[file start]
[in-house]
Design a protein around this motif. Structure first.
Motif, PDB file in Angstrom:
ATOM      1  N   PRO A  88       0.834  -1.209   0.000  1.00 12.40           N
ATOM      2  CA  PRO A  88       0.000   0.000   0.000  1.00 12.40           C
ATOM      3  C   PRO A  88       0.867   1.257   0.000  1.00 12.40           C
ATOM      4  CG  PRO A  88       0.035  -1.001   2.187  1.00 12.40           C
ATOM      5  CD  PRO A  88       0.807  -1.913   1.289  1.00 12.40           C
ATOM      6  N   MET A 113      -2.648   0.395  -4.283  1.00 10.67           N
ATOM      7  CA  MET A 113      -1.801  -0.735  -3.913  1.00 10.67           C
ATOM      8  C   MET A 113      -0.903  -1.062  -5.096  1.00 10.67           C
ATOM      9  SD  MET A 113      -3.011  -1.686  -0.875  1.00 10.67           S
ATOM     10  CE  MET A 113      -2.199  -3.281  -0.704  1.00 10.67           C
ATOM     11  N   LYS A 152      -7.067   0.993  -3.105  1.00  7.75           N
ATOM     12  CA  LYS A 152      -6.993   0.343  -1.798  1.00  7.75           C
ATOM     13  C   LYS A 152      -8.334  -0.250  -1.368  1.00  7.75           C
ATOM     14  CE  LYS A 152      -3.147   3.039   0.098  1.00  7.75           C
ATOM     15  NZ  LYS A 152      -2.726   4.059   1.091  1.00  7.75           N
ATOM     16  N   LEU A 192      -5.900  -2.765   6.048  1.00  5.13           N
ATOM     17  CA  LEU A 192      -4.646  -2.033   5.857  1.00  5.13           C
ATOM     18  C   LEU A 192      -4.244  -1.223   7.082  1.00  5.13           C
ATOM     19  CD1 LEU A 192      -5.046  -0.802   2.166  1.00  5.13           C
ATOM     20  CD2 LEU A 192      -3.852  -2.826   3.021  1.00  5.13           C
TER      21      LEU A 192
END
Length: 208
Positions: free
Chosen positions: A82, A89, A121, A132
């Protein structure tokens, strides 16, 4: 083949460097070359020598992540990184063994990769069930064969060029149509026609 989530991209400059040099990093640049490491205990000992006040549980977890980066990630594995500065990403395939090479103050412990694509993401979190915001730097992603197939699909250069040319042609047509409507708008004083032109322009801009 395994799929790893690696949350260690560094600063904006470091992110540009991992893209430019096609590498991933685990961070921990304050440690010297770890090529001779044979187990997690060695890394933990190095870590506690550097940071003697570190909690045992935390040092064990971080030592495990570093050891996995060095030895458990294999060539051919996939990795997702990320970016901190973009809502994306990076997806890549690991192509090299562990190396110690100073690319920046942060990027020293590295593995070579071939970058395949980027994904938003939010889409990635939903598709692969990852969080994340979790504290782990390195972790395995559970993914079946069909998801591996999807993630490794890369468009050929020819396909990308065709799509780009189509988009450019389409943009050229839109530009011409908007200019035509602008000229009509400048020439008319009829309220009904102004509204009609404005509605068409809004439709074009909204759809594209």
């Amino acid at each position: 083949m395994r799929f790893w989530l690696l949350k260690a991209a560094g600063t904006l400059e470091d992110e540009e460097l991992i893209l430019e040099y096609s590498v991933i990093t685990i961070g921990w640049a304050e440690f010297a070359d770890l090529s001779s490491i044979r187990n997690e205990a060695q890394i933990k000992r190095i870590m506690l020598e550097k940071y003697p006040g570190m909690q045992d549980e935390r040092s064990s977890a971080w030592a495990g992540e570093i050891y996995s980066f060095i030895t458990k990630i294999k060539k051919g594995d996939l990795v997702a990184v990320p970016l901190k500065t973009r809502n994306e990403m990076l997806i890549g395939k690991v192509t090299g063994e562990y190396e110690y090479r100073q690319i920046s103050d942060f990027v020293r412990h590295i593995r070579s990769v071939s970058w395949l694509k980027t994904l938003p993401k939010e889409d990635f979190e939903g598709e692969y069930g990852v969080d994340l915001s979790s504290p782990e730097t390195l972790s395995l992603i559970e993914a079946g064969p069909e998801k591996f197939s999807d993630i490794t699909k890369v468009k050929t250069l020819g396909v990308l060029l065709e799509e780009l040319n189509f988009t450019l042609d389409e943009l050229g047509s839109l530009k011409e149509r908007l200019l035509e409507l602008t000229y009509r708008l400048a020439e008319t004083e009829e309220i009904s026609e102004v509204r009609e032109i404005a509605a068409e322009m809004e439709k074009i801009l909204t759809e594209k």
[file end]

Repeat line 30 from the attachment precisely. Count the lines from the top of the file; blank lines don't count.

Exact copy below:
């Amino acid at each position: 083949m395994r799929f790893w989530l690696l949350k260690a991209a560094g600063t904006l400059e470091d992110e540009e460097l991992i893209l430019e040099y096609s590498v991933i990093t685990i961070g921990w640049a304050e440690f010297a070359d770890l090529s001779s490491i044979r187990n997690e205990a060695q890394i933990k000992r190095i870590m506690l020598e550097k940071y003697p006040g570190m909690q045992d549980e935390r040092s064990s977890a971080w030592a495990g992540e570093i050891y996995s980066f060095i030895t458990k990630i294999k060539k051919g594995d996939l990795v997702a990184v990320p970016l901190k500065t973009r809502n994306e990403m990076l997806i890549g395939k690991v192509t090299g063994e562990y190396e110690y090479r100073q690319i920046s103050d942060f990027v020293r412990h590295i593995r070579s990769v071939s970058w395949l694509k980027t994904l938003p993401k939010e889409d990635f979190e939903g598709e692969y069930g990852v969080d994340l915001s979790s504290p782990e730097t390195l972790s395995l992603i559970e993914a079946g064969p069909e998801k591996f197939s999807d993630i490794t699909k890369v468009k050929t250069l020819g396909v990308l060029l065709e799509e780009l040319n189509f988009t450019l042609d389409e943009l050229g047509s839109l530009k011409e149509r908007l200019l035509e409507l602008t000229y009509r708008l400048a020439e008319t004083e009829e309220i009904s026609e102004v509204r009609e032109i404005a509605a068409e322009m809004e439709k074009i801009l909204t759809e594209k």